FreshFiction.tv: I’m also in total agreement that all conflicts should be solved with dance battles. How familiar were you with that genre?
[laughs] You know, not that familiar. It came from my step-son James. Those were the kinds of movies he was into. I love Griff’s delivery on ELECTRIC BOOGALOO being the rare case that the sequel is better than the original. Hannibal [Buress] did such a good job. That deadpan delivery is such a home run.
FreshFiction.tv: Were the musical cues – from AC/DC and Metallica – in the script or did you have to wait and see?
Not in specifics. In the script, any time you see Dusty’s character, the music is a stark contrast to the soft-rock world of Brad’s just to hammer home the differences between these two guys. There was a version – in the original script – where Dusty takes over the A/V system in the house and it’s constantly playing Guns N’ Roses on a loop. Brad has to scream over ‘Welcome to the Jungle’ while making breakfast for the kids.
FreshFiction.tv: Could there be a MOMMY’S HOME sequel or are we, as a society, beyond seeing two women pitted against each other?
I love that you asked that question. The mom version is a much more interesting take for me. I would love to write that movie. That’s something we’ve never seen anything like at all. I’m a huge fan of Linda Cardellini’s. She had such a challenging role here and was flawless. Her delivery is fantastic.
FreshFiction.tv: This is PG-13. Was there ever a moment where it might have been hard-R?
Great question. Everyone involved felt like in the end it should be PG-13. The target was always to do a four-quadrant movie – something for everyone. Adam McKay, who’s one of the producers, he gave me really great advice when I went off to write the script. Adam’s advice to me was ‘Just go for broke. Just write this as rough and as hard-R as you want to. Don’t feel like you have to, but if you want to, if it feels like playing that way, just do it. We can always scale it back if that’s where we feel like it should be.’ It was great advice. It freed me up to be extreme with these guys in a way that helped me find the characters and find their voices and set up the intensity of their conflict. If I had been trying for PG or PG-13, I wouldn’t have felt so free or aggressive with them.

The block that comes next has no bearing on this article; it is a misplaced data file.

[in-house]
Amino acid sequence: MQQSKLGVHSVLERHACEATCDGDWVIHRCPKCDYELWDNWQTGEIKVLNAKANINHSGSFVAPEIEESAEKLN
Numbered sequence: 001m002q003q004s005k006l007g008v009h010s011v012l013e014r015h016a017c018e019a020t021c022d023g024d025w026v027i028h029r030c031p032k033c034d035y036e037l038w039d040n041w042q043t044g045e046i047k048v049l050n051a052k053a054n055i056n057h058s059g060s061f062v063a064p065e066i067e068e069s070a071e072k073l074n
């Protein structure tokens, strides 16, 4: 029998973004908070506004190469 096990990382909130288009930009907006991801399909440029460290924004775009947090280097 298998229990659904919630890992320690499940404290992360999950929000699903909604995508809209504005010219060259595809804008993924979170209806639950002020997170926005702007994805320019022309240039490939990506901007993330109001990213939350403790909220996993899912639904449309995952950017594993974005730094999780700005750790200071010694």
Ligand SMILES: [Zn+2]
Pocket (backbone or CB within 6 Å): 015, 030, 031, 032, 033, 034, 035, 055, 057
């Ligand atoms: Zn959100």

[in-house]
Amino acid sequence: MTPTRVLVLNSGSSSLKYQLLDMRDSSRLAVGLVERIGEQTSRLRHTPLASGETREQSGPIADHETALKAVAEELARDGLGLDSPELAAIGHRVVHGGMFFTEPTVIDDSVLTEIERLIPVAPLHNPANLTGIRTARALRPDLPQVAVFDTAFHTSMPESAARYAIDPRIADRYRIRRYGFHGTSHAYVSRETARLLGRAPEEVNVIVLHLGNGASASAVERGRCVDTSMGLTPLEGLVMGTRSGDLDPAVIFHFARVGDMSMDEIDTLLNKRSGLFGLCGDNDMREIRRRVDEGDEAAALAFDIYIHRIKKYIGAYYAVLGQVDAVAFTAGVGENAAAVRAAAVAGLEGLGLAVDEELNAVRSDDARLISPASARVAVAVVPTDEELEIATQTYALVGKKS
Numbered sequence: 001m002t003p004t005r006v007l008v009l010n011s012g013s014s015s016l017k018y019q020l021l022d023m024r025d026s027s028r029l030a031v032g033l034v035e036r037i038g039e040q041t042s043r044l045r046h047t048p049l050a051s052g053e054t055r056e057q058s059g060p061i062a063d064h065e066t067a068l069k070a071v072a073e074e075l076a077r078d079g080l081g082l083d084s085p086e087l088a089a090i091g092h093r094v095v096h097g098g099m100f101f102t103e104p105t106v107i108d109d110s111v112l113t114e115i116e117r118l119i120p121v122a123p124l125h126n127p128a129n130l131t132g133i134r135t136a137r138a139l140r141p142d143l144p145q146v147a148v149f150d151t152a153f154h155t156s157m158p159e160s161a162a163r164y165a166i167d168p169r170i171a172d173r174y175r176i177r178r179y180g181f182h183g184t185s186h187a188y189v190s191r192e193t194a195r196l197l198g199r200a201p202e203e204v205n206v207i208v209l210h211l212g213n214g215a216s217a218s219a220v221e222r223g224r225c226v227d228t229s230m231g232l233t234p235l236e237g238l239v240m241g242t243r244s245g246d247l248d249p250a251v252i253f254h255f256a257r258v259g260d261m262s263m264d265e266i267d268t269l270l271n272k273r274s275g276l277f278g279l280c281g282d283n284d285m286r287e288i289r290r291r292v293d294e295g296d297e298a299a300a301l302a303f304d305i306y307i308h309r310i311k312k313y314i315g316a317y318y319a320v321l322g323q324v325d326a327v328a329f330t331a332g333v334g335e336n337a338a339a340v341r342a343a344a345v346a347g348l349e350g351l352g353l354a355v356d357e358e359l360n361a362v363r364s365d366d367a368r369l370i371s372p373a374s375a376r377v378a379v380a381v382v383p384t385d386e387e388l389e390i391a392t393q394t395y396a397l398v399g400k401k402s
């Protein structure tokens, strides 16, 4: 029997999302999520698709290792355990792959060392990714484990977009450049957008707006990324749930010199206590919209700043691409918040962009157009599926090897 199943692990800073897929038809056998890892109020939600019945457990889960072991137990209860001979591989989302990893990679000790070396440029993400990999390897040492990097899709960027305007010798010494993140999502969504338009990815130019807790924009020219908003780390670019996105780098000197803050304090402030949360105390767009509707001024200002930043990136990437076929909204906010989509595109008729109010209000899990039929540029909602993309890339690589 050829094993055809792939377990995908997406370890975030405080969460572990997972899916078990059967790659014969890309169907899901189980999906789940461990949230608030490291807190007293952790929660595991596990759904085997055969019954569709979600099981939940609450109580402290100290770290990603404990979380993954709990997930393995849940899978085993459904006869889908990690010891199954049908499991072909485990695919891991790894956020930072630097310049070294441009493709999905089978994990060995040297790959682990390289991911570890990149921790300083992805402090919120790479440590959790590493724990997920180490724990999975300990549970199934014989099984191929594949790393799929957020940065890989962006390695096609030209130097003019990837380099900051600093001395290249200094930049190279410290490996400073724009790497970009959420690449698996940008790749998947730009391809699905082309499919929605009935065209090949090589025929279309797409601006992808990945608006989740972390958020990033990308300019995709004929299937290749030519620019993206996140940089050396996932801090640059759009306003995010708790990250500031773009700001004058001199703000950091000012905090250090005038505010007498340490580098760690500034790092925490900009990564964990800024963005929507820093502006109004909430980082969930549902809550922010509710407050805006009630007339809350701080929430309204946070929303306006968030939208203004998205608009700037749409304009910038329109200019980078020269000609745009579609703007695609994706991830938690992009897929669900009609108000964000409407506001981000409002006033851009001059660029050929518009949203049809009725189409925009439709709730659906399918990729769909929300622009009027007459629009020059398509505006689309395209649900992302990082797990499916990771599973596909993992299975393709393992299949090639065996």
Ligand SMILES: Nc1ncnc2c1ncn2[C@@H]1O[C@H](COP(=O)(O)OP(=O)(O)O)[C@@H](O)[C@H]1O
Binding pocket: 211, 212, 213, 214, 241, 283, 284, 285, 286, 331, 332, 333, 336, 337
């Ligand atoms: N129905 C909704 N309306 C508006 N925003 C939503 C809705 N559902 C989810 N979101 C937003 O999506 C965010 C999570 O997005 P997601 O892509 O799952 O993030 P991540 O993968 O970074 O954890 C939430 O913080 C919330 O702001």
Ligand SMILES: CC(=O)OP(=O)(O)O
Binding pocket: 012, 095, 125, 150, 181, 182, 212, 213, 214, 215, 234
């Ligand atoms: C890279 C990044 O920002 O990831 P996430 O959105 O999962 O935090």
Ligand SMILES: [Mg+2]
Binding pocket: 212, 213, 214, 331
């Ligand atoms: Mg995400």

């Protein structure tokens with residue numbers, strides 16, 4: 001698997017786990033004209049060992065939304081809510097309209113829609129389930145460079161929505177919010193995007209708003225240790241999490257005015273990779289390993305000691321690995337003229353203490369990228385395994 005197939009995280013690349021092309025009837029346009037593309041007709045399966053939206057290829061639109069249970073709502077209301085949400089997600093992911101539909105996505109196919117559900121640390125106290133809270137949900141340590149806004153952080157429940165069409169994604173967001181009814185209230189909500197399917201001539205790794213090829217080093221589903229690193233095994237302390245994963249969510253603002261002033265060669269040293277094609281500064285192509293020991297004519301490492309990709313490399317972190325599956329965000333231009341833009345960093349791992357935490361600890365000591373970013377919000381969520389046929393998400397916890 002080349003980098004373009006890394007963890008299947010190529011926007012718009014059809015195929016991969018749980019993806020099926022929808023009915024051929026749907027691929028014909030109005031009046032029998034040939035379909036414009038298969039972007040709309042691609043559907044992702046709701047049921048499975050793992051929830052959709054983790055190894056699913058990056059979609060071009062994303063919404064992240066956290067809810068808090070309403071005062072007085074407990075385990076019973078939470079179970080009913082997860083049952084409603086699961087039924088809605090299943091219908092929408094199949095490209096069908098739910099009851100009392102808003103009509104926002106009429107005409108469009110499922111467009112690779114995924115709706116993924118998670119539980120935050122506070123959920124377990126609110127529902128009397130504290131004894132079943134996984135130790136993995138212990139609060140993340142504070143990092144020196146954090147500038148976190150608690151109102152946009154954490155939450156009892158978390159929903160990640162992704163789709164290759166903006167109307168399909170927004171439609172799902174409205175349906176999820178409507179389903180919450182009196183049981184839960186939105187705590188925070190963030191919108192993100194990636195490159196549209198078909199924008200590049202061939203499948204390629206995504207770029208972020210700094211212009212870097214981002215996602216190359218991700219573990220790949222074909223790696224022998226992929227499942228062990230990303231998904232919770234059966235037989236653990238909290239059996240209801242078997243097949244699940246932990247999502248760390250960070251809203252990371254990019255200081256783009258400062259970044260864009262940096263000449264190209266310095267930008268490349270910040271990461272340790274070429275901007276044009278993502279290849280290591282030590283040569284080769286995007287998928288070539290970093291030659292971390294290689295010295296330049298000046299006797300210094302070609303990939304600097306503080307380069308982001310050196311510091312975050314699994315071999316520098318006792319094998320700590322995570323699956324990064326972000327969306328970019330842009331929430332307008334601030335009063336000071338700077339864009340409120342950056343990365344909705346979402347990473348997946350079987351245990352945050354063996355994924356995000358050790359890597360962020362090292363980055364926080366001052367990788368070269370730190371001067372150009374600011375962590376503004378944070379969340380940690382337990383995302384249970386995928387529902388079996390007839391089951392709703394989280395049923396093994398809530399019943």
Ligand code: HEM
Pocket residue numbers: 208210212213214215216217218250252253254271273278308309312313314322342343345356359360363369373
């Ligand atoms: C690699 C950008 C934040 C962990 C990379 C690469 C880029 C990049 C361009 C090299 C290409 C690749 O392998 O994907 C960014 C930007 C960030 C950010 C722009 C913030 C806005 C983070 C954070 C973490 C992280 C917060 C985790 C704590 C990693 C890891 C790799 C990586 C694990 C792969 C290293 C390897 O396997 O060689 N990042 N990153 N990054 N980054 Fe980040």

The whole blended family thing to me that I was most excited about was I’m looking around and divorced families, blended families are perhaps even more common that traditional families these days. Nobody had tackled that subject matter in a comedy like this. It felt like a very fresh idea. I wanted to write it in a way that celebrated the blended family. This isn’t a cautionary tale about divorce. It was recognizing this is where we’re at and this doesn’t have to be a negative. This things that feels negative going in can turn out to be a really strong positive for everyone.
FreshFiction.tv: Is there a magic to blending humor and heart? I think you do it very well here.
Thank you. It took a long time to find that right balance and find that right tone. I always knew because it was my own personal story, getting to the place where it was a feel-good heartwarming movie, I always knew I wanted that. I knew I didn’t want a “family movie” that is all heart and no fun where it feels preachy. I was bouncing back and forth how crazy to go – on the comedy side and the competition between the dads and, within those moments, to keep it grounded and keep it centered on what’s best for the family. It was a trial and error process.
FreshFiction.tv: Has your kids’ biological dad seen the film and do you have that same sense of closure as your cinematic avatars?
I have not watched it with their real dad, but at the premiere I was able to take everyone. Initially I was like…
FreshFiction.tv: …yeah, worried?
Yeah. Feeling anxiety. I hope they know this is all coming from a good place and it’s extreme. [His step kids] are the two who I was most worried to see what their reaction was. As soon as the movie ended, I went to my step-son and step-daughter to see what their take was. They loved it. I didn’t get any sense they were uncomfortable. It was satisfying.
DADDY’S HOME opens on December 25.